posted record sales for all of 2005, but the company's fourth-quarter results came up a little short of analysts' estimates.
Fourth-quarter income from continuing operations totaled $210 million, or 24 cents a share, including costs of $93 million, or 11 cents a share. Those costs include the effect of lower production at refineries in Jamaica and Texas following the Gulf Coast hurricanes, an unplanned outage at an Australian smelter, strikes at Spanish plants and restructuring costs.
Adding back the costs, the adjusted profit would have been 35 cents a share, 2 cents shy of the Thomson First Call consensus target.
The company had net income of $224 million, or 26 cents a share, after factoring in all items, down from $268 million and 30 cents a share in the year-ago period.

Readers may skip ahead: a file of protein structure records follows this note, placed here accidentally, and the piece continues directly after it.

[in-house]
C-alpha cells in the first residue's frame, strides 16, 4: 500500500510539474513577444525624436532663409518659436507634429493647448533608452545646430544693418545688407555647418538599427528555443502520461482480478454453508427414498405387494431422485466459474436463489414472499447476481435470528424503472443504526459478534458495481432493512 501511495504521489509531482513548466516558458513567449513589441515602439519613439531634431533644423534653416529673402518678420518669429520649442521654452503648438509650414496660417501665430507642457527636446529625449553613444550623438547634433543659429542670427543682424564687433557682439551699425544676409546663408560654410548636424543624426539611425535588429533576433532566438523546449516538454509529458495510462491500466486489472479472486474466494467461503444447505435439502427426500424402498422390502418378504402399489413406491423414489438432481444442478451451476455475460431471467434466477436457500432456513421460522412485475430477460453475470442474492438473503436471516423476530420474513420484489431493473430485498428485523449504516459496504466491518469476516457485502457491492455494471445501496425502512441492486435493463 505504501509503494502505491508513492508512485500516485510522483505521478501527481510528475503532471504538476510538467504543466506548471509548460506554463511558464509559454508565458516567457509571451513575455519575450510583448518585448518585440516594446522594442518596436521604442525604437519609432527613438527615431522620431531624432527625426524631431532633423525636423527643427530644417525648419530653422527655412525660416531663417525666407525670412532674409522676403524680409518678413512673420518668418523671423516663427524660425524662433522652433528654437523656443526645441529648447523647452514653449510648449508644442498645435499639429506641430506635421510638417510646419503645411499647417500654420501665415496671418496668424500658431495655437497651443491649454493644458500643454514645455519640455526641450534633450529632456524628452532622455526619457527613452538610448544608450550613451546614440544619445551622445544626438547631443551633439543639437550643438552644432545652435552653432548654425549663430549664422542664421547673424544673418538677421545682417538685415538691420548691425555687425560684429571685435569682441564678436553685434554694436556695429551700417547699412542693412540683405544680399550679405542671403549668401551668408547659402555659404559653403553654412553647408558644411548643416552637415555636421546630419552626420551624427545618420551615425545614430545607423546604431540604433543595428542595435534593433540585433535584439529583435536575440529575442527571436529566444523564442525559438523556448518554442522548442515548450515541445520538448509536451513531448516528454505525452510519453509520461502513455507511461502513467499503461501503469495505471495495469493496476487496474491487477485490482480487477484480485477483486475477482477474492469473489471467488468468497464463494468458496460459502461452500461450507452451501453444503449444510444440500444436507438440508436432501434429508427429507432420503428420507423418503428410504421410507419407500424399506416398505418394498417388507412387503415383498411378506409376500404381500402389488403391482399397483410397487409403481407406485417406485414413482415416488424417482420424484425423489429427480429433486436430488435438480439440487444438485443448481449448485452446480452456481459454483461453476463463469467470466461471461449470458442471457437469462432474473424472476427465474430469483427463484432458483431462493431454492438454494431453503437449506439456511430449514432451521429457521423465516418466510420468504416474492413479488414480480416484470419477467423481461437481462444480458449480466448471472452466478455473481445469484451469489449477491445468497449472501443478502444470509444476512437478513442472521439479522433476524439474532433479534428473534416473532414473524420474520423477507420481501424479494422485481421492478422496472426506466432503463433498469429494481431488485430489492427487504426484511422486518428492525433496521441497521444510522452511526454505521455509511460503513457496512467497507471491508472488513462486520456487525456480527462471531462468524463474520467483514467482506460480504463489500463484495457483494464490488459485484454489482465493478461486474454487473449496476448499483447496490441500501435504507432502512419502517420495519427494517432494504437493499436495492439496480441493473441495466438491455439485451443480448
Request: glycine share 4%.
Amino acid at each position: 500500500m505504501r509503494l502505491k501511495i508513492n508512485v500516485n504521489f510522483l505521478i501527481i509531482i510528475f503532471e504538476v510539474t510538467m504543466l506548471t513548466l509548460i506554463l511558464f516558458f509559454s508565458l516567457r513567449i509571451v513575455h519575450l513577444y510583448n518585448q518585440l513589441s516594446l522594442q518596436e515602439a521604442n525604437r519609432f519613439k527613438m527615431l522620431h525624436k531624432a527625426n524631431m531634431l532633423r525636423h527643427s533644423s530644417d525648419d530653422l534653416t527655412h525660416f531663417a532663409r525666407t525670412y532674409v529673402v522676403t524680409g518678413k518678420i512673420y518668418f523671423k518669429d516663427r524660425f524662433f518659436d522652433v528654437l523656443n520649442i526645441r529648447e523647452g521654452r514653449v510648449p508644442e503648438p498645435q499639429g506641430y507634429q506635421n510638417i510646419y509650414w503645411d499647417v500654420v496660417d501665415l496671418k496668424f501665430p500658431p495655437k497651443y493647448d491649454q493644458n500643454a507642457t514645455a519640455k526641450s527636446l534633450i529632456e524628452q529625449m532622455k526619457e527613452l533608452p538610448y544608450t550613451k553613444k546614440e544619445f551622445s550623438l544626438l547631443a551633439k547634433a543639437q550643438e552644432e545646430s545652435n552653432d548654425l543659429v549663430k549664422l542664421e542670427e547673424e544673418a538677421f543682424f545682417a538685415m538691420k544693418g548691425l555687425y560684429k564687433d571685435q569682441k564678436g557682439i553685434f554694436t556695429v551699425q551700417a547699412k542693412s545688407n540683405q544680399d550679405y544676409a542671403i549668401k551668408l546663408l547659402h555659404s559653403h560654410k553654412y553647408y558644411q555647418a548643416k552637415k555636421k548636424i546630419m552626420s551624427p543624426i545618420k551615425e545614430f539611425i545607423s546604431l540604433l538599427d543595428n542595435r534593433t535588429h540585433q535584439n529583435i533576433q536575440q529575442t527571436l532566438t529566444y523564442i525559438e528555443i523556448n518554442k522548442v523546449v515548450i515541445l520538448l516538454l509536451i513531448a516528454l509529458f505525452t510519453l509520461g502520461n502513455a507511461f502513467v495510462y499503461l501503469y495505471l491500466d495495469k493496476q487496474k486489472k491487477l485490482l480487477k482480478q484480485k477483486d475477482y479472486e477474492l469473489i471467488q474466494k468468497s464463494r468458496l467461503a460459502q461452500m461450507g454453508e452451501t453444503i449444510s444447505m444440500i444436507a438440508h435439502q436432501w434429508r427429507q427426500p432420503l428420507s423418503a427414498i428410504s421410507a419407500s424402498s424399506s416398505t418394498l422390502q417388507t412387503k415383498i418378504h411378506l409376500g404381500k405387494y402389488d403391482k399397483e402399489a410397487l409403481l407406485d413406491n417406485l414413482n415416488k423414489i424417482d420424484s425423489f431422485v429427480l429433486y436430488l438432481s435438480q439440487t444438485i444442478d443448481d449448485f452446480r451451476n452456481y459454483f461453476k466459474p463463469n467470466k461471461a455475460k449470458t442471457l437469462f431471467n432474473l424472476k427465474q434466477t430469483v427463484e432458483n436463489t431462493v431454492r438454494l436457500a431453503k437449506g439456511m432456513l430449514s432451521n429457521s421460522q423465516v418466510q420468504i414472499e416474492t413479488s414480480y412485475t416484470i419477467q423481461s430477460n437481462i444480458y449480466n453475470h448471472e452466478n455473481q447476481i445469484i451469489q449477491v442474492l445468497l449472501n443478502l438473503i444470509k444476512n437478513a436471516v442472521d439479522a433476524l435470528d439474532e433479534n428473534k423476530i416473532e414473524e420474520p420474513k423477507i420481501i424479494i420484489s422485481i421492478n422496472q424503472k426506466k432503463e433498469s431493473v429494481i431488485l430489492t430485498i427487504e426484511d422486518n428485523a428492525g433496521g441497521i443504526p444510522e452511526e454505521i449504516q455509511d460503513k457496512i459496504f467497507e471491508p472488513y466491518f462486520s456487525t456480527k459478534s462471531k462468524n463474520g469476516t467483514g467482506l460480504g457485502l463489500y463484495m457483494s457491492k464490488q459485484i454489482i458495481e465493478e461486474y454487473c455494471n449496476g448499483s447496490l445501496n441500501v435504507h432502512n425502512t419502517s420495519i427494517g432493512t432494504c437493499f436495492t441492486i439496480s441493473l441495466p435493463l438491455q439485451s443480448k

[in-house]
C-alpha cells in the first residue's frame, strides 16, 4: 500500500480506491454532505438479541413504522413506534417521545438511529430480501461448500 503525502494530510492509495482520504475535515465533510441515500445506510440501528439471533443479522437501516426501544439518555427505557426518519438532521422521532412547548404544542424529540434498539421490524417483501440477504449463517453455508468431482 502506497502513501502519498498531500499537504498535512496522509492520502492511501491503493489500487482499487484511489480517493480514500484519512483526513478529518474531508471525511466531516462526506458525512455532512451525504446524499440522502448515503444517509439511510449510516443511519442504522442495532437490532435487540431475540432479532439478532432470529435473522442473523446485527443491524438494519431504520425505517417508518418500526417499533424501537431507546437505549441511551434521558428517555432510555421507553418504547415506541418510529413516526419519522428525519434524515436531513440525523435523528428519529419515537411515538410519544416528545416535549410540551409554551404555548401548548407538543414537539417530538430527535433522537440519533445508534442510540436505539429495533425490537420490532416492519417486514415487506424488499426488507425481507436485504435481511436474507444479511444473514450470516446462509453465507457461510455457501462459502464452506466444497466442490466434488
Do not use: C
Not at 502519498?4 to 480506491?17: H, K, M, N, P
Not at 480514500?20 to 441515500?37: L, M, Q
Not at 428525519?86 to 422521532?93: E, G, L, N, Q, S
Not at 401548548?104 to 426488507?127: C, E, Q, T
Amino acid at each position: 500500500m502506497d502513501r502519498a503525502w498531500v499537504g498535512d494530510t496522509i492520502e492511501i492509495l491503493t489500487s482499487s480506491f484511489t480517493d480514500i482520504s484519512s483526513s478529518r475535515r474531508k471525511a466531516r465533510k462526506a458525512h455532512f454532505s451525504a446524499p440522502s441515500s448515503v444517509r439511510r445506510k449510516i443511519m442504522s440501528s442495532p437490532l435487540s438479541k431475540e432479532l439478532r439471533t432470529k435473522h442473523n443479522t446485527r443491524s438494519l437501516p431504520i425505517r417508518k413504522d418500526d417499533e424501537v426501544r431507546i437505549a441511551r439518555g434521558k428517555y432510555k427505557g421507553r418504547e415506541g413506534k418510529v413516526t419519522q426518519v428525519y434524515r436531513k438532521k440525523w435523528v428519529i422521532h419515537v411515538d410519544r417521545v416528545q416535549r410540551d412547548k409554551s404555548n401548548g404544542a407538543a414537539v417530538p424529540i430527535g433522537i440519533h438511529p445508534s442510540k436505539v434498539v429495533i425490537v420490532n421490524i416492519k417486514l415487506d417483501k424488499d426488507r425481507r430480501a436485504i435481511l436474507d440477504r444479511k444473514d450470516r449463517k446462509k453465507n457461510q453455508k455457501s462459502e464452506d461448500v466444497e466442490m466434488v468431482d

Sales climbed 12% to $6.67 billion in the quarter from $5.98 billion last year but just missed Wall Street's forecast of $6.69 billion. For the year, revenue rose 13% to $26.2 billion, the highest in Alcoa's history.
After the closing bell, shares of Alcoa slumped $1.12, or 3.7%, to $29.45. The stock had risen 36 cents to $30.57 in regular trading.
"Entering 2005, we anticipated significant pressures from rising input, energy costs and other cost inflation, but actual increases were even higher, nearly $900 million for the year," Alain Belda, Alcoa's chairman and CEO, said in a press release Monday.
Belda's statement also said that in 2006, "we don't foresee the same sharp spikes on input prices, and our initiatives will gain further momentum to offset inflation and improve the bottom line."